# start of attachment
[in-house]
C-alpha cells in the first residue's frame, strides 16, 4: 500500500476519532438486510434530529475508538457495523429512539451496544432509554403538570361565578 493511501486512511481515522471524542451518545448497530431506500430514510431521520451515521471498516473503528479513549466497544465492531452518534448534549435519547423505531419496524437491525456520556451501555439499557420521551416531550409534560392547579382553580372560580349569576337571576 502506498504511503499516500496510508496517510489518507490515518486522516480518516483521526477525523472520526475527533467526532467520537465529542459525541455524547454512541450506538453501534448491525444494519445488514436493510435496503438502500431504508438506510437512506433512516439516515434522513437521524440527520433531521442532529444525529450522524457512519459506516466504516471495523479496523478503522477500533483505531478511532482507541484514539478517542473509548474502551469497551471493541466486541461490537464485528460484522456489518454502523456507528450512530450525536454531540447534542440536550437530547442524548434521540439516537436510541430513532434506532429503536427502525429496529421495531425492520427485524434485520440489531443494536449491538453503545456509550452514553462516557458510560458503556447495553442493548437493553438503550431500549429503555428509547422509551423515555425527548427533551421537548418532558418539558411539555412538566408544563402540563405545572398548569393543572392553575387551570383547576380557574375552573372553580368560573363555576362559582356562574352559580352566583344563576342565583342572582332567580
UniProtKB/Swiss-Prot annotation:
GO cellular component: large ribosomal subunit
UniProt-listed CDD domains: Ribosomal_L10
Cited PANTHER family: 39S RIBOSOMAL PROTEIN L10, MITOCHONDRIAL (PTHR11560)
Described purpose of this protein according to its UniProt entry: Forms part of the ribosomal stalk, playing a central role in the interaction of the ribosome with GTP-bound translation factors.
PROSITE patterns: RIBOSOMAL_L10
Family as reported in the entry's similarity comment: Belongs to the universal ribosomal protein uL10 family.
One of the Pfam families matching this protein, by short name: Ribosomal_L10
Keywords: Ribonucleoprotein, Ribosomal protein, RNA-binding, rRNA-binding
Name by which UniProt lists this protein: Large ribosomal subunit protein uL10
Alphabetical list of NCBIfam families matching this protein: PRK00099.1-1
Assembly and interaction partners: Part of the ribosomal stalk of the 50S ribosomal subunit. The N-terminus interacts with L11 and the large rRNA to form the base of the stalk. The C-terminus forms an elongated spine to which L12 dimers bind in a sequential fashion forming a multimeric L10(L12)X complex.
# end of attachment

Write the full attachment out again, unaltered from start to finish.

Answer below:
[in-house]
C-alpha cells in the first residue's frame, strides 16, 4: 500500500476519532438486510434530529475508538457495523429512539451496544432509554403538570361565578 493511501486512511481515522471524542451518545448497530431506500430514510431521520451515521471498516473503528479513549466497544465492531452518534448534549435519547423505531419496524437491525456520556451501555439499557420521551416531550409534560392547579382553580372560580349569576337571576 502506498504511503499516500496510508496517510489518507490515518486522516480518516483521526477525523472520526475527533467526532467520537465529542459525541455524547454512541450506538453501534448491525444494519445488514436493510435496503438502500431504508438506510437512506433512516439516515434522513437521524440527520433531521442532529444525529450522524457512519459506516466504516471495523479496523478503522477500533483505531478511532482507541484514539478517542473509548474502551469497551471493541466486541461490537464485528460484522456489518454502523456507528450512530450525536454531540447534542440536550437530547442524548434521540439516537436510541430513532434506532429503536427502525429496529421495531425492520427485524434485520440489531443494536449491538453503545456509550452514553462516557458510560458503556447495553442493548437493553438503550431500549429503555428509547422509551423515555425527548427533551421537548418532558418539558411539555412538566408544563402540563405545572398548569393543572392553575387551570383547576380557574375552573372553580368560573363555576362559582356562574352559580352566583344563576342565583342572582332567580
UniProtKB/Swiss-Prot annotation:
GO cellular component: large ribosomal subunit
UniProt-listed CDD domains: Ribosomal_L10
Cited PANTHER family: 39S RIBOSOMAL PROTEIN L10, MITOCHONDRIAL (PTHR11560)
Described purpose of this protein according to its UniProt entry: Forms part of the ribosomal stalk, playing a central role in the interaction of the ribosome with GTP-bound translation factors.
PROSITE patterns: RIBOSOMAL_L10
Family as reported in the entry's similarity comment: Belongs to the universal ribosomal protein uL10 family.
One of the Pfam families matching this protein, by short name: Ribosomal_L10
Keywords: Ribonucleoprotein, Ribosomal protein, RNA-binding, rRNA-binding
Name by which UniProt lists this protein: Large ribosomal subunit protein uL10
Alphabetical list of NCBIfam families matching this protein: PRK00099.1-1
Assembly and interaction partners: Part of the ribosomal stalk of the 50S ribosomal subunit. The N-terminus interacts with L11 and the large rRNA to form the base of the stalk. The C-terminus forms an elongated spine to which L12 dimers bind in a sequential fashion forming a multimeric L10(L12)X complex.